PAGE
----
Northland’s private sector has long commented on the issues of dealing with multiple councils, plans and policy across the region which can make doing business difficult and frustrating.  There must be efficiencies to be had by removing duplication and inconsistencies that would be the result of a single authority.  In doing so local government will be better placed as an enabler for private sector rather than a barrier to growth and development.


There is logic in a single authority responsible for the development of regional assets.  While not the only element required for fostering economic growth, sound regional infrastructure (roading, transport, water) are essential.  Lack of effective advocacy has hindered regional infrastructure in the past and there has been little effective collaboration between Northland’s councils in this area. 




Cities, especially major metropolitan centres, are increasingly dominant, not just in terms of population, but as domestic and international nodes of economic activity, as preferred locations for high skilled activity, and as important locations for and enablers of artistic, cultural and recreational activity.  Secondary centres such as the major population centres in the Northland, need to understand the full significance of the interplay between the growth of metropolitan centres and the location decisions of high skill based businesses, especially multinational enterprises.


Part of that involves ensuring that Northland centres are as well equipped as possible to benefit from the growth of neighbouring Auckland.  Our proximity to Auckland is one of our competitive and comparative advantages.  This includes moving swiftly to fill major gaps in regional infrastructure, including the absence of any significant research based tertiary institution capable of working with the region’s major industries and resources.


There is little dispute over the advantages of better service coordination, streamlined decision-making, and funding fairness.  From an efficiency perspective a whole of Northland approach embracing urban and rural areas have the potential to internalise externalities.  A single tier organisation could also take advantage of economies of scale in service provision and raising capital for new infrastructure.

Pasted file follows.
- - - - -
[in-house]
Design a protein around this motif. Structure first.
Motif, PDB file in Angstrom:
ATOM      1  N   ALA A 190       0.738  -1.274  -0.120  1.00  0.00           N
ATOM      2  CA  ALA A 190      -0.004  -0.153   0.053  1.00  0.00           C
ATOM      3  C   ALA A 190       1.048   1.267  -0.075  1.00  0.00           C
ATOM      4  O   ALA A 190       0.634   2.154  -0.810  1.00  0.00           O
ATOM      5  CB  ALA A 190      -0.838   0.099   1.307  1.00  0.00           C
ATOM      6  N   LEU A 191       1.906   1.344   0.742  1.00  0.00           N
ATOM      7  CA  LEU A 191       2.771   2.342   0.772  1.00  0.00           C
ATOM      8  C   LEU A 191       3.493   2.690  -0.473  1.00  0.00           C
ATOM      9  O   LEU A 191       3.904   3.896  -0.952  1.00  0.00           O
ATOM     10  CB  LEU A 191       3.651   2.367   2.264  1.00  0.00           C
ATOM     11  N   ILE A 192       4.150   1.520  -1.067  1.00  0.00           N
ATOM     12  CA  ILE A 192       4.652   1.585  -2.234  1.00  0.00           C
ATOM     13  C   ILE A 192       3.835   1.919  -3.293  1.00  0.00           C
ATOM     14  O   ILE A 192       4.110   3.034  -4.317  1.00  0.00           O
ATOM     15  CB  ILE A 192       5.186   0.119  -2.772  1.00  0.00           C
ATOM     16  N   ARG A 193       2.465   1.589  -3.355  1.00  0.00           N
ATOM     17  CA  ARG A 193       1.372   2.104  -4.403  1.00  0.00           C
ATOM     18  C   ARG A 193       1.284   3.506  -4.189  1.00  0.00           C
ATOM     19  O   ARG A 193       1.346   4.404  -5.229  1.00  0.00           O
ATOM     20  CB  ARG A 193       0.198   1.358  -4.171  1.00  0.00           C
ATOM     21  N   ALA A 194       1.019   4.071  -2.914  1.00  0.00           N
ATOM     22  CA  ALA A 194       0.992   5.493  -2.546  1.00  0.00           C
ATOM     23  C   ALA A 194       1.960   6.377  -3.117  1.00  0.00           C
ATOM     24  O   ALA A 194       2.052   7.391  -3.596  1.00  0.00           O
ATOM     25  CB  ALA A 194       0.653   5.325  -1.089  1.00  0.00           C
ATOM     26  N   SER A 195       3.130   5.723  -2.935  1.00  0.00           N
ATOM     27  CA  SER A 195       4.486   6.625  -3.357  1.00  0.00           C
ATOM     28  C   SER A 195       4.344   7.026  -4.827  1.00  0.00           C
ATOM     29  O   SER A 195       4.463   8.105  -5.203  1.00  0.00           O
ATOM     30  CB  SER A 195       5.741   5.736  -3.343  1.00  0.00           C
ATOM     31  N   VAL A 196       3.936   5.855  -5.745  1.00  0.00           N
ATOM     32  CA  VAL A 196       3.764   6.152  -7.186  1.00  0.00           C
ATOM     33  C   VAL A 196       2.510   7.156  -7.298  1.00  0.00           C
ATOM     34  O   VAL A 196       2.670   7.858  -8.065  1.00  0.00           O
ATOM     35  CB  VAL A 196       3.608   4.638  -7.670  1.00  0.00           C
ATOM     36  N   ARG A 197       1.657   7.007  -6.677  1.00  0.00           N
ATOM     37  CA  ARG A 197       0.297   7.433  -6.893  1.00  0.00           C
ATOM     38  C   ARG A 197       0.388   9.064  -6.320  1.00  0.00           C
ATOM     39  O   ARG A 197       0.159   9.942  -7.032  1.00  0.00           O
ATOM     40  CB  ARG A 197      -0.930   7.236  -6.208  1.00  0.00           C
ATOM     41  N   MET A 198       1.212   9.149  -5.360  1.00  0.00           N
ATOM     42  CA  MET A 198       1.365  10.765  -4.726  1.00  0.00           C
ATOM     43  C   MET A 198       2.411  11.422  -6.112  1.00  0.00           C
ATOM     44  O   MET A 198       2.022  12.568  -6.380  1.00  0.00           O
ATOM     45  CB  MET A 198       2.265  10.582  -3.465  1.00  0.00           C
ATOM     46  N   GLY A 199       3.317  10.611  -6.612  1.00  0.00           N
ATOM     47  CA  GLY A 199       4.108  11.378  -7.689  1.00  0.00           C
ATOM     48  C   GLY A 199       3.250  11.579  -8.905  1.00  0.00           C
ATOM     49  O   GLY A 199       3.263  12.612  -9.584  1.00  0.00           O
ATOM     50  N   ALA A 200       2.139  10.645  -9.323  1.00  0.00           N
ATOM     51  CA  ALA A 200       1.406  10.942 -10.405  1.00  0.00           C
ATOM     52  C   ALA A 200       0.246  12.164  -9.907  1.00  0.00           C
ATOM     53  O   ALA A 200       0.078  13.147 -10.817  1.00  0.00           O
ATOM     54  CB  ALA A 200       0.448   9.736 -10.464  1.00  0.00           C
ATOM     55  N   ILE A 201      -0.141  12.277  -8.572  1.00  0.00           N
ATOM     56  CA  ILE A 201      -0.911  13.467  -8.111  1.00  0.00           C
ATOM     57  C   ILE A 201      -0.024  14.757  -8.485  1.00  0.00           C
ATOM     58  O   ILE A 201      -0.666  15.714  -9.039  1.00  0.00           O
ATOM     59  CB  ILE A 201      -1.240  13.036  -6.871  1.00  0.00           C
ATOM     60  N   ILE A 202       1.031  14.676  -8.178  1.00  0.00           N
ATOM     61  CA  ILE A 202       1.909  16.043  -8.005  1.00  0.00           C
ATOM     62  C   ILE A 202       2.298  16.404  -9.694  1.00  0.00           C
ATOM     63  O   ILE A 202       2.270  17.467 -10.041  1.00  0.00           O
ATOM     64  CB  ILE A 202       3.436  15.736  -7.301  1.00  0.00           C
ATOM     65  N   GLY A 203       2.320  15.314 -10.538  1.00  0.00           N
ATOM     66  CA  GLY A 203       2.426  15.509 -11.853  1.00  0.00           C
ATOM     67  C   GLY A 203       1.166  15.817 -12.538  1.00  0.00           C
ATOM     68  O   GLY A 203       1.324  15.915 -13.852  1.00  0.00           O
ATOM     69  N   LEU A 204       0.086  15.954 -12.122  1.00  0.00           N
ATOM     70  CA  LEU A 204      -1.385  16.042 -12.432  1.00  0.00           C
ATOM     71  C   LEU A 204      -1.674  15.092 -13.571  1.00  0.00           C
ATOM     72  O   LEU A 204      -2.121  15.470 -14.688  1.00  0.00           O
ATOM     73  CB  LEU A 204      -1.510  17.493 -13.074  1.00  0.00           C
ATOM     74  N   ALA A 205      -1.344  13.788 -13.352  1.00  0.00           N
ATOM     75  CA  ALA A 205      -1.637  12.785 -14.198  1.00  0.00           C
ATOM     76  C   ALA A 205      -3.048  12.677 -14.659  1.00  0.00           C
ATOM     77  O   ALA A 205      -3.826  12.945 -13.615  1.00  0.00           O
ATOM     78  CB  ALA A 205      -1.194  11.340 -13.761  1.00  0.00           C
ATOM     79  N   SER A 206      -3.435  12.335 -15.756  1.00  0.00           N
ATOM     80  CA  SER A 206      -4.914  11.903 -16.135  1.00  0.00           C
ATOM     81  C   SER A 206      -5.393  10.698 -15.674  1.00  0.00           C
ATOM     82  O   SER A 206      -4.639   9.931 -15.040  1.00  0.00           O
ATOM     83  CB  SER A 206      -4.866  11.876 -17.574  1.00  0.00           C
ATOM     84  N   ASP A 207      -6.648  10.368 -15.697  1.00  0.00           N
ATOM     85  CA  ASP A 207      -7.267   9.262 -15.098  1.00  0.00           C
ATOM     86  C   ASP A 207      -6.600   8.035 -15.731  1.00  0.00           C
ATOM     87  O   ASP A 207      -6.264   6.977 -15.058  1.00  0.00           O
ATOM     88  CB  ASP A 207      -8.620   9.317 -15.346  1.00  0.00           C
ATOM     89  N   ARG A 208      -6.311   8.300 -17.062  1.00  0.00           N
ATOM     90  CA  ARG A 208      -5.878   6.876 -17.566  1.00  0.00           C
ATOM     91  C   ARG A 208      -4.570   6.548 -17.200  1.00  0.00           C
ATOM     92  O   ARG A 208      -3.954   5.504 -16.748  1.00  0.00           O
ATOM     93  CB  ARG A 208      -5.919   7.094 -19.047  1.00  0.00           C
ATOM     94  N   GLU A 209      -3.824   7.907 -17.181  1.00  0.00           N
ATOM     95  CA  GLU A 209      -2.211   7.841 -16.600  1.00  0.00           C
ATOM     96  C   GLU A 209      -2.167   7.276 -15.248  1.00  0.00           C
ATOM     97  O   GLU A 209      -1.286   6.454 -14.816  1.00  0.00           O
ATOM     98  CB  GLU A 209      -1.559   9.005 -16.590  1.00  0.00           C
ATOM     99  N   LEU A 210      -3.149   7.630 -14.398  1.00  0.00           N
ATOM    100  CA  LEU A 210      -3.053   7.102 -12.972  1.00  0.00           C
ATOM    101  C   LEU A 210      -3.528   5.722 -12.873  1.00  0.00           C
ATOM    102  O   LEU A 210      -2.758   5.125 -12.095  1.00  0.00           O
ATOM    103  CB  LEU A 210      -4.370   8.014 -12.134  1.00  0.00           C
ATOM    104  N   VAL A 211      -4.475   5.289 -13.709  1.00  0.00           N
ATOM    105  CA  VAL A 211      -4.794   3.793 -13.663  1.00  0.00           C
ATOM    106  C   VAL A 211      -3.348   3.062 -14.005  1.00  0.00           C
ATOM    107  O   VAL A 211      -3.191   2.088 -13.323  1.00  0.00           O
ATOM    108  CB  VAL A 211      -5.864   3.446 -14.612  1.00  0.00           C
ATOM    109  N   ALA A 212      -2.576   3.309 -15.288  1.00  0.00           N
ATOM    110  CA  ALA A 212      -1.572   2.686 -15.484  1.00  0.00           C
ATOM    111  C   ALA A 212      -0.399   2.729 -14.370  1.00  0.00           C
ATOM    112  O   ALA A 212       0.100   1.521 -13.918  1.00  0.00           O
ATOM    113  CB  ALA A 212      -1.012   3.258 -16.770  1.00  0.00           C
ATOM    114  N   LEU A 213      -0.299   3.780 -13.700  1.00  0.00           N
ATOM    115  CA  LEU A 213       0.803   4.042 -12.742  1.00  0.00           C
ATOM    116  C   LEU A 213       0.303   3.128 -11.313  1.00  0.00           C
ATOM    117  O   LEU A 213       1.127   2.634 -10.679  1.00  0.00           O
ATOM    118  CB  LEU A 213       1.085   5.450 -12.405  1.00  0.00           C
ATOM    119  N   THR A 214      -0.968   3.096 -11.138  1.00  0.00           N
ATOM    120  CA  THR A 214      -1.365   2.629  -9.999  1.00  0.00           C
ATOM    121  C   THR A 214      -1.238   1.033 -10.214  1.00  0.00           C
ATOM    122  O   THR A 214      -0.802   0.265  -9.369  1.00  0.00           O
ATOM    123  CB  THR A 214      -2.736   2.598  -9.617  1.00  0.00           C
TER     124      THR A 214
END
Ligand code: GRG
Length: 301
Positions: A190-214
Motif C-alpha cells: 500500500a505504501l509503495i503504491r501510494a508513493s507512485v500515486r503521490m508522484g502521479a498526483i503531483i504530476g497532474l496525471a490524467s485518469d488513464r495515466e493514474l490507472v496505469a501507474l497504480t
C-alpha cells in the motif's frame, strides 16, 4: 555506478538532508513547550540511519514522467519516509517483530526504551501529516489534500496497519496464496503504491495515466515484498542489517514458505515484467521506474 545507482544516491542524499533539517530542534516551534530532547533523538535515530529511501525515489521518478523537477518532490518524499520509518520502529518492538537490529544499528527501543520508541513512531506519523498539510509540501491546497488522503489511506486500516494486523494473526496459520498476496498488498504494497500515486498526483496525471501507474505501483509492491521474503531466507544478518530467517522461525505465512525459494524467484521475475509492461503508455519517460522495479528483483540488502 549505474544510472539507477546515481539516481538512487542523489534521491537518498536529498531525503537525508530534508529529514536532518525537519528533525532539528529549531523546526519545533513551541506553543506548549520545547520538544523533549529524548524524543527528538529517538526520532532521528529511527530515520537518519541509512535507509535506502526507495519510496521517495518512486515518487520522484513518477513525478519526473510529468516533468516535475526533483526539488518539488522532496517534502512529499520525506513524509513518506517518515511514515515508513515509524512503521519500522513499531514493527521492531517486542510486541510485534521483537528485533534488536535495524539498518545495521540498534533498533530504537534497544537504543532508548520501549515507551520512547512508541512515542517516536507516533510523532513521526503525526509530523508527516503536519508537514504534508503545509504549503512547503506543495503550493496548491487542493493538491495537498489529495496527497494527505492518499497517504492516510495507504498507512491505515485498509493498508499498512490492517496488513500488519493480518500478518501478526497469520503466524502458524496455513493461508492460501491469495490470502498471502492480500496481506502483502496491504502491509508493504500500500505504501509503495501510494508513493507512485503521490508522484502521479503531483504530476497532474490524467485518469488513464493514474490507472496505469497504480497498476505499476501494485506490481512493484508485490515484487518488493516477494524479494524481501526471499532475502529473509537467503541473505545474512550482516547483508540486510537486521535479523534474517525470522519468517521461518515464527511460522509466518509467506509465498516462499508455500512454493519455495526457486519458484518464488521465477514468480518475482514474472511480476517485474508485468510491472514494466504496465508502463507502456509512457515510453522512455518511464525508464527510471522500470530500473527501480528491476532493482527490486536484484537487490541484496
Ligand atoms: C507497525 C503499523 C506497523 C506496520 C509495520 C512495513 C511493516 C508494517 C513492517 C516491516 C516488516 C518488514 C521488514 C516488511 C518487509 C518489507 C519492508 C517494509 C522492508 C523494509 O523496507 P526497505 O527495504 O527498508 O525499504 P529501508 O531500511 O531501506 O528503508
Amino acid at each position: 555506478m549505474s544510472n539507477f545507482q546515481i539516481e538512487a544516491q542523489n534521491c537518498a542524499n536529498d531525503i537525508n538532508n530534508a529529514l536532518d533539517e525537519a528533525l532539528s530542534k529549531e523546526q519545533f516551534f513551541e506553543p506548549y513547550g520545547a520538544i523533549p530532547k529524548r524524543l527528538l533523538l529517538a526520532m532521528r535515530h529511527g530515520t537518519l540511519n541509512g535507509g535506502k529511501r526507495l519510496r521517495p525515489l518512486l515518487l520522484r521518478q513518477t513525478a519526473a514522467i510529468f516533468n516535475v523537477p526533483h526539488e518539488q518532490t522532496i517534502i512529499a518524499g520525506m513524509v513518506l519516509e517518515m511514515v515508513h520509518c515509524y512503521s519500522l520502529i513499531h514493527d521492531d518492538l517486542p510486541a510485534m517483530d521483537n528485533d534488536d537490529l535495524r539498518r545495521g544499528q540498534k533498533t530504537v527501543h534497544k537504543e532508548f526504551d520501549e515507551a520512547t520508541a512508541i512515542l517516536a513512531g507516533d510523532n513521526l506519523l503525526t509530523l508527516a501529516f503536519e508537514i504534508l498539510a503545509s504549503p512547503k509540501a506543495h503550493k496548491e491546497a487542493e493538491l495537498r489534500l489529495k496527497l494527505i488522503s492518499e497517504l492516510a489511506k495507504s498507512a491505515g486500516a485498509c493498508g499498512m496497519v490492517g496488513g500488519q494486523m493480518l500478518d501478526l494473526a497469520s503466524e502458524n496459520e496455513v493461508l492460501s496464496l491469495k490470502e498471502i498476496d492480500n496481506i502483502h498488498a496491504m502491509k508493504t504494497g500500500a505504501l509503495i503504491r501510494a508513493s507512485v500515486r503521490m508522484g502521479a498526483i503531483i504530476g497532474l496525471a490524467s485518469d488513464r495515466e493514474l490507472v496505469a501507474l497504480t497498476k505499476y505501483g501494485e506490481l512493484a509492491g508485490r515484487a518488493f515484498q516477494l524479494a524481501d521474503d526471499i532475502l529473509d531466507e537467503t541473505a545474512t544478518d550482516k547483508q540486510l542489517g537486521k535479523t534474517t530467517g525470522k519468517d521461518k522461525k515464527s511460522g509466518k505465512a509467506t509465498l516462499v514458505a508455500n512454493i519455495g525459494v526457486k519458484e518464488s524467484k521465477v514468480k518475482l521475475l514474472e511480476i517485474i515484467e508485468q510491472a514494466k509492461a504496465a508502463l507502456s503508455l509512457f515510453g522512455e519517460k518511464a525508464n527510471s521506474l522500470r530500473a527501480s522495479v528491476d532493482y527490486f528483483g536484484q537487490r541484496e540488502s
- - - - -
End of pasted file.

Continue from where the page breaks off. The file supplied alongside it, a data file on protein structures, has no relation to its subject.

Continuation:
Northland is unique in the number of economic centres it has geographically spread throughout the region.  While recognising that all these centres may have unique characteristics, it is also reasonable to acknowledge that a businessperson in Kaitaia will expect the same things from the local government as a businessperson in Mangawhai.  




Obviously, economies of scale are important.  Delivering a service that achieves ‘economies of scale’ for a project or service requires a business plan that confirms that the cost of the project or service is ‘affordable’ and ‘sustainable’ e.g. that when building a sewerage system there is a sufficient number of rate payers (or alternative revenue sources) to cover the capital required and maintain operating costs on a relatively constant or declining continuum thereafter.


There is considerable indicative evidence suggesting that a number of the local authorities whose financial positions have deteriorated markedly in recent years have done so because of poor planning and management to ensure projects and/or services can satisfy and/or exploit economies of scale; in simple terms, they undertake big high-cost projects on a revenue base that is too small.  Their communities soon become pressured with increases of council rates and charges that reach unacceptably high and unaffordable levels.  To achieve required scale, an integration or amalgamation with other councils is an obvious option.


However, achieving economies of scale does not on its own provide a rationale for local government reorganisation.  This is because they are a function of individual services and, depending on the service, optimal scale will be reached at a street, neighbourhood, community, district or regional level.  From this it follows that to realise economies of scale requires addressing the organisational arrangements involved service by service.


As an alternative model to reorganisation, local authorities could distinguish between their role as service enablers – determining the nature and quality of services which should be delivered to their communities – and providers.  This latter role should be undertaken by the entity or entities best placed to do so on a least cost basis in relation to the nature of the service and the accountabilities involved with it.  


This is not a case of arguing for privatisation, although the private sector does/ should have a role to play; internationally, it seems that most arrangements for contracting out, joint venturing etc, are within the public sector often as collaborative arrangements amongst two or more local authorities, and in some places (e.g. France) core services such as water, sewerage, transport, and rubbish collection a single provider will be contracted across many local authorities.